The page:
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Proceedings Paper

Peripheral quantitative CT (pQCT) using a dedicated extremity cone-beam CT scanner
Author(s): A. A. Muhit; S. Arora; M. Ogawa; Y. Ding; W. Zbijewski; J. W. Stayman; G. Thawait; N. Packard; R. Senn; D. Yang; J. Yorkston; C. O. Bingham III; K. Means; J. A. Carrino; J. H. Siewerdsen
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Paper Abstract

Purpose: We describe the initial assessment of the peripheral quantitative CT (pQCT) imaging capabilities of a conebeam CT (CBCT) scanner dedicated to musculoskeletal extremity imaging. The aim is to accurately measure and quantify bone and joint morphology using information automatically acquired with each CBCT scan, thereby reducing the need for a separate pQCT exam. Methods: A prototype CBCT scanner providing isotropic, sub-millimeter spatial resolution and soft-tissue contrast resolution comparable or superior to standard multi-detector CT (MDCT) has been developed for extremity imaging, including the capability for weight-bearing exams and multi-mode (radiography, fluoroscopy, and volumetric) imaging. Assessment of pQCT performance included measurement of bone mineral density (BMD), morphometric parameters of subchondral bone architecture, and joint space analysis. Measurements employed phantoms, cadavers, and patients from an ongoing pilot study imaged with the CBCT prototype (at various acquisition, calibration, and reconstruction techniques) in comparison to MDCT (using pQCT protocols for analysis of BMD) and micro-CT (for analysis of subchondral morphometry). Results: The CBCT extremity scanner yielded BMD measurement within ±2-3% error in both phantom studies and cadaver extremity specimens. Subchondral bone architecture (bone volume fraction, trabecular thickness, degree of anisotropy, and structure model index) exhibited good correlation with gold standard micro-CT (error ~5%), surpassing the conventional limitations of spatial resolution in clinical MDCT scanners. Joint space analysis demonstrated the potential for sensitive 3D joint space mapping beyond that of qualitative radiographic scores in application to non-weight-bearing versus weight-bearing lower extremities and assessment of phalangeal joint space integrity in the upper extremities. Conclusion: The CBCT extremity scanner demonstrated promising initial results in accurate pQCT analysis from images acquired with each CBCT scan. Future studies will include improved x-ray scatter correction and image reconstruction techniques to further improve accuracy and to correlate pQCT metrics with known pathology.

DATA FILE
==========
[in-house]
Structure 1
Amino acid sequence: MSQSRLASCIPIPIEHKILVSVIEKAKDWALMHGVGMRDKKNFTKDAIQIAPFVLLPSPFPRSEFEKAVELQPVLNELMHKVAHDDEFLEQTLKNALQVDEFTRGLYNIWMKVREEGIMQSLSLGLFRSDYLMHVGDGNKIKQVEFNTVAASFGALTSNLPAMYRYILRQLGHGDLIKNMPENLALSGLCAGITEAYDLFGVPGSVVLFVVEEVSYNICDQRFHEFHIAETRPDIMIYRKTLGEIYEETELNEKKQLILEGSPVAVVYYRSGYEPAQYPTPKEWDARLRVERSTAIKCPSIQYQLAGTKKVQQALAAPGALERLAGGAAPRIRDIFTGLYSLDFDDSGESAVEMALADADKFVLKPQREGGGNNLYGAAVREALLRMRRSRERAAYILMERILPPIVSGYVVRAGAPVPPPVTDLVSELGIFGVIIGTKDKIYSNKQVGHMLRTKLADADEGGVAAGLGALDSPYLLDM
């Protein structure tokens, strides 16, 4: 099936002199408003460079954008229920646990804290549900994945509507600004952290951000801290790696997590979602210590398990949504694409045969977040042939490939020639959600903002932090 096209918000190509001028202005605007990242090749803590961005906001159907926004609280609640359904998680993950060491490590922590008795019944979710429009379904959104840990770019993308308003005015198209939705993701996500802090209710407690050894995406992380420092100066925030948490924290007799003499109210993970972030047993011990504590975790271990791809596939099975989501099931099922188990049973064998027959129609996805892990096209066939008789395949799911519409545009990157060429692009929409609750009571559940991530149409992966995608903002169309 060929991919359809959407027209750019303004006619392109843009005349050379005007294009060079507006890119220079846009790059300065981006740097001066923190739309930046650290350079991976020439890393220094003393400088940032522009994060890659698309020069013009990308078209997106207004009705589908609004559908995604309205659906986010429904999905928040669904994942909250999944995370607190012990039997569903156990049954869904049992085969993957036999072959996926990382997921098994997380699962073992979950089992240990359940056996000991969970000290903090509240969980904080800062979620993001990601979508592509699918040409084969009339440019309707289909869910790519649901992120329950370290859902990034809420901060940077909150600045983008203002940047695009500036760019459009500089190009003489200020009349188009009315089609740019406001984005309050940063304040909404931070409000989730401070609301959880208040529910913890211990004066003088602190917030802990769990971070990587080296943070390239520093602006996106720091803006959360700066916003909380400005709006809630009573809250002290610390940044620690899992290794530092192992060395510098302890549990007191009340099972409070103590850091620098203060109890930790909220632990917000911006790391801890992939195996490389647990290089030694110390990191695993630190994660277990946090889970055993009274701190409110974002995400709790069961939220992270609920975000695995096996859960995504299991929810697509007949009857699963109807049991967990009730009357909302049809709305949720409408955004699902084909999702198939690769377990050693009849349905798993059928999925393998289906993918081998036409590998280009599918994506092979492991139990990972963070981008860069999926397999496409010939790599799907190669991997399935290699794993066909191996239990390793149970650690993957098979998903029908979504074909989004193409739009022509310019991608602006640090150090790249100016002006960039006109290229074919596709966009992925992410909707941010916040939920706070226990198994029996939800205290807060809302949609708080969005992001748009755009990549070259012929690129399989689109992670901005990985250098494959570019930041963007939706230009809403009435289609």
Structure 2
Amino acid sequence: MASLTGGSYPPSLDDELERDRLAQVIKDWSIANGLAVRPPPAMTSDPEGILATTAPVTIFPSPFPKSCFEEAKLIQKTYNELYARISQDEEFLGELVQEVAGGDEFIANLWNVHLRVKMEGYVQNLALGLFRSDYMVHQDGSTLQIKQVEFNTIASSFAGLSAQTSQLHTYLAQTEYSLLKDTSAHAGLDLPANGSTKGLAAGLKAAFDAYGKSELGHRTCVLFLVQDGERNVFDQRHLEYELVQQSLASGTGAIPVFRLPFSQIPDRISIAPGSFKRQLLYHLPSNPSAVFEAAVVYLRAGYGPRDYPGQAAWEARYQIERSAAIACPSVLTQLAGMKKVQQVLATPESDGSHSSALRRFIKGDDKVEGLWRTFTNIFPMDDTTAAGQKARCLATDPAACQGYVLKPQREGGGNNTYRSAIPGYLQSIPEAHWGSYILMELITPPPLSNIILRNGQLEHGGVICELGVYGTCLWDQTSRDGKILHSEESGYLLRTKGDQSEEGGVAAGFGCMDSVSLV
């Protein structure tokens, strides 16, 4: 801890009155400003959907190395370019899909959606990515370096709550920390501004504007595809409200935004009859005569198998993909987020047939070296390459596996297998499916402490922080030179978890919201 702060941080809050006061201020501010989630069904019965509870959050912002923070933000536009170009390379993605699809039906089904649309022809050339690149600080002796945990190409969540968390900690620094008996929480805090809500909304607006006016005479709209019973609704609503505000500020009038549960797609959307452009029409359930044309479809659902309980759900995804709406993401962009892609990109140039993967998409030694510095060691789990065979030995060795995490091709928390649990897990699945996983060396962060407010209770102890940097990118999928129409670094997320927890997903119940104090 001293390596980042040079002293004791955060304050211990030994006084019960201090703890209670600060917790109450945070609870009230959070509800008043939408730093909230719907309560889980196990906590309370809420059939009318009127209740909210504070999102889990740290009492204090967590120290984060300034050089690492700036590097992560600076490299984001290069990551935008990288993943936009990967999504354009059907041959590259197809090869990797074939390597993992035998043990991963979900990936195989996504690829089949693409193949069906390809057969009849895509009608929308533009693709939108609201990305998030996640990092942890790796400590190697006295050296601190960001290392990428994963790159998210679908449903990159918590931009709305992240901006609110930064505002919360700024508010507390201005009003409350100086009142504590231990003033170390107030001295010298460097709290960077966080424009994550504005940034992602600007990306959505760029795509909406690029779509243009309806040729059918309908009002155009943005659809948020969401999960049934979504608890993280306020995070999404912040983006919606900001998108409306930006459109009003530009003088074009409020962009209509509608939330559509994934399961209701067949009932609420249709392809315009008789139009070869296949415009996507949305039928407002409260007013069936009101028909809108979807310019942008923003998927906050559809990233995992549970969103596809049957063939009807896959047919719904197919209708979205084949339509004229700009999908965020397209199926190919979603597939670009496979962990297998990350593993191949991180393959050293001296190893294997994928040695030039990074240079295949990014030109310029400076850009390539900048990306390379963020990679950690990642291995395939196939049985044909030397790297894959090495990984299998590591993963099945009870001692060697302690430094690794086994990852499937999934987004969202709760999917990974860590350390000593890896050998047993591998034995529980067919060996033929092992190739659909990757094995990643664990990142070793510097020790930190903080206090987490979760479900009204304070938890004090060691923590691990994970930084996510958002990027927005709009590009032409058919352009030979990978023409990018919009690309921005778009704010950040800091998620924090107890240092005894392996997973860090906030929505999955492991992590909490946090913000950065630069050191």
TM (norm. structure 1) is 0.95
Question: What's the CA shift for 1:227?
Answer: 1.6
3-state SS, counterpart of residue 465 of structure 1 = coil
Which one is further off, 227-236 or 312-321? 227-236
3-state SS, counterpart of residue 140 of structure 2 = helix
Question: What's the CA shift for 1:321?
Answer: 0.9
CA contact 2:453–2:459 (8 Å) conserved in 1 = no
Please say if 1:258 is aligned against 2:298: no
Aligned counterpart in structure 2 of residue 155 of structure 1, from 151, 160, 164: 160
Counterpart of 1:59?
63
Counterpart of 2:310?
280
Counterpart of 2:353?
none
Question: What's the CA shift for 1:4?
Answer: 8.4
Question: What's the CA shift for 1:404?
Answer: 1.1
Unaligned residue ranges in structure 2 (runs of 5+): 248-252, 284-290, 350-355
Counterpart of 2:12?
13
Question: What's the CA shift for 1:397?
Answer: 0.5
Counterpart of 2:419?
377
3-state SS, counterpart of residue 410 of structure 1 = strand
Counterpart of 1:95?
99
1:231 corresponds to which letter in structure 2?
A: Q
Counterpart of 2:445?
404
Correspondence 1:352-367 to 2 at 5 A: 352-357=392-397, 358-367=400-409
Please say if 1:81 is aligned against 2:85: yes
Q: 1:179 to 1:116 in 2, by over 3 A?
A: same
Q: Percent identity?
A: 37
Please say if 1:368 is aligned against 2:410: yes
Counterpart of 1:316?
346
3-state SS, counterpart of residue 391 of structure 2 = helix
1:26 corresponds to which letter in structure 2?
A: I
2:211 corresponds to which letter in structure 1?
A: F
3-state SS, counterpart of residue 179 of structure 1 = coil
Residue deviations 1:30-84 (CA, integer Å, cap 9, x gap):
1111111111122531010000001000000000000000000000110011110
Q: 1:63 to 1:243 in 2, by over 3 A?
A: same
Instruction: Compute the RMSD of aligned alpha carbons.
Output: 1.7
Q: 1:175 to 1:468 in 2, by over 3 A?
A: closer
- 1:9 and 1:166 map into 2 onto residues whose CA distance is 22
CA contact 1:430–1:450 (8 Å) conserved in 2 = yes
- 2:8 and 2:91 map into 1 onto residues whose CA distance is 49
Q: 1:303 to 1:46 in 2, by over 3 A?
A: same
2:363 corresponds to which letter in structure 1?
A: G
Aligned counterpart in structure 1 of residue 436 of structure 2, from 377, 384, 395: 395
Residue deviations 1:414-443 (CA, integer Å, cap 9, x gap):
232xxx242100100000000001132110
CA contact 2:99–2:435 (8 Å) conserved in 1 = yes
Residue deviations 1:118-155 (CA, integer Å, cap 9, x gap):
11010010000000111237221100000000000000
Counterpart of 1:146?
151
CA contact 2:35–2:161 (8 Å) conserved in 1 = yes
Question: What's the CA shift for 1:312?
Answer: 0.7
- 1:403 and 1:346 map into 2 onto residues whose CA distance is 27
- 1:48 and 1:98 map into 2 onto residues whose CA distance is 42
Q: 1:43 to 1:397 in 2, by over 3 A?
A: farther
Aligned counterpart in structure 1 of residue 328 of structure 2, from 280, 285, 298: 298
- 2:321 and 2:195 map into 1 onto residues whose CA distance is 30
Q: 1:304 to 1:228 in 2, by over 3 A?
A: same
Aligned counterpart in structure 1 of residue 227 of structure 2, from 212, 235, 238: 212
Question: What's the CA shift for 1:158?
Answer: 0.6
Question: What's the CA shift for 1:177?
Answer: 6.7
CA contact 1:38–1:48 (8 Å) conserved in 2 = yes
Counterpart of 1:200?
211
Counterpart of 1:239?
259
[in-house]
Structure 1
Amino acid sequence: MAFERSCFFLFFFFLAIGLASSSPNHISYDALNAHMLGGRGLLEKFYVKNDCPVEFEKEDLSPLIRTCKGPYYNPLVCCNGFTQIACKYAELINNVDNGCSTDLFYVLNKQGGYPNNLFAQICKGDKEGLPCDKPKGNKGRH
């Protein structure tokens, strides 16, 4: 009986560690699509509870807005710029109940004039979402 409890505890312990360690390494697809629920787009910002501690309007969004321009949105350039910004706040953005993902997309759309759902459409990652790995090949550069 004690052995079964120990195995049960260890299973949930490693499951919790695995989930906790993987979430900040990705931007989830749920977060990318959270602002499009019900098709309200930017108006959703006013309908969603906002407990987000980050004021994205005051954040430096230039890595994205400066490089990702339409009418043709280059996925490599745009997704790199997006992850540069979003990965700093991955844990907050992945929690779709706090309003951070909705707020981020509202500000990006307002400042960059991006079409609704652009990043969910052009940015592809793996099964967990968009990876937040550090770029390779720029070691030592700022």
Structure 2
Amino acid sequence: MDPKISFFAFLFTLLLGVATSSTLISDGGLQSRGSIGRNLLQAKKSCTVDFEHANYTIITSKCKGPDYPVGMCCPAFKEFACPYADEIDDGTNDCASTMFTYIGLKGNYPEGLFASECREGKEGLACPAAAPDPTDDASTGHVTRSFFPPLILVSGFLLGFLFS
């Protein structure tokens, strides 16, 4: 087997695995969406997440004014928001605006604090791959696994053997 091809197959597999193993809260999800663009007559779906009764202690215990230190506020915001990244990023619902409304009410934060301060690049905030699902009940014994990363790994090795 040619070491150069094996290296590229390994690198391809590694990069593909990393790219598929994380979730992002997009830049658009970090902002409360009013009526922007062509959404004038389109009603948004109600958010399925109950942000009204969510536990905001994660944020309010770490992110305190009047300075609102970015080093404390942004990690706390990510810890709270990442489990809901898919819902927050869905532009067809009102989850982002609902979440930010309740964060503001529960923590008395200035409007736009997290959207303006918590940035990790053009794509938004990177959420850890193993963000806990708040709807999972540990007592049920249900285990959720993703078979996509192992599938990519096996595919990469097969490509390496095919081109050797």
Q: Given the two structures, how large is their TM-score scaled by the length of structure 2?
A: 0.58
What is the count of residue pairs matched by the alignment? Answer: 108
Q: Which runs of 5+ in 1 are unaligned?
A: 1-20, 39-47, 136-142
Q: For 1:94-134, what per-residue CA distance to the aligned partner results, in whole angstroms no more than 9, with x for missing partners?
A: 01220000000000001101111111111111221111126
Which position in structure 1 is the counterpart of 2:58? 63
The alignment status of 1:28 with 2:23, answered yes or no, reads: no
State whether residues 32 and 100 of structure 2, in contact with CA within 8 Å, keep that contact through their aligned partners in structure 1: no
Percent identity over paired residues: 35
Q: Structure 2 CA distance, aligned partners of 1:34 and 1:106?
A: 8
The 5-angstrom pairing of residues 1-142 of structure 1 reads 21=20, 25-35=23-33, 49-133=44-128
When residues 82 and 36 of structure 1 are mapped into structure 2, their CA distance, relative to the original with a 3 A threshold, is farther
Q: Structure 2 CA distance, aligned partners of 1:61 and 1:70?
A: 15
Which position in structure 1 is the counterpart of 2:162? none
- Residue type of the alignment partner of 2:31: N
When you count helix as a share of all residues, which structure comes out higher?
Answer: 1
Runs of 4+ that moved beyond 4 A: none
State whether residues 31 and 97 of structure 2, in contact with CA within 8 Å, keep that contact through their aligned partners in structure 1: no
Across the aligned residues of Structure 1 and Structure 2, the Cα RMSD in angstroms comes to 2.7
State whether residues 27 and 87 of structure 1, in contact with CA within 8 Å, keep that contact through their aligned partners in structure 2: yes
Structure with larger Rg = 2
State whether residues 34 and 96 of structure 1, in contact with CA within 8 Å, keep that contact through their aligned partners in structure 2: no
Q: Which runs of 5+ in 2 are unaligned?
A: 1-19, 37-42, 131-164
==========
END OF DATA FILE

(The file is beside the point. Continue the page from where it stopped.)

Paper Details

Date Published: 29 March 2013
PDF: 7 pages
Proc. SPIE 8672, Medical Imaging 2013: Biomedical Applications in Molecular, Structural, and Functional Imaging, 867203 (29 March 2013); doi: 10.1117/12.2006939
Show Author Affiliations
A. A. Muhit, The Johns Hopkins Univ. (United States)
S. Arora, The Johns Hopkins Univ. (United States)
M. Ogawa, The Johns Hopkins Univ. (United States)
Y. Ding, The Johns Hopkins Univ. (United States)
W. Zbijewski, The Johns Hopkins Univ. (United States)
J. W. Stayman, The Johns Hopkins Univ. (United States)
G. Thawait, The Johns Hopkins Univ. (United States)
N. Packard, Carestream Health, Inc. (United States)
R. Senn, Carestream Health, Inc. (United States)
D. Yang, Carestream Health, Inc. (United States)
J. Yorkston, Carestream Health, Inc. (United States)
C. O. Bingham III, The Johns Hopkins Univ. (United States)
K. Means, MedStar Union Memorial Hospital (United States)
J. A. Carrino, The Johns Hopkins Univ. (United States)
J. H. Siewerdsen, The Johns Hopkins Univ. (United States)


Published in SPIE Proceedings Vol. 8672:
Medical Imaging 2013: Biomedical Applications in Molecular, Structural, and Functional Imaging
John B. Weaver; Robert C. Molthen, Editor(s)

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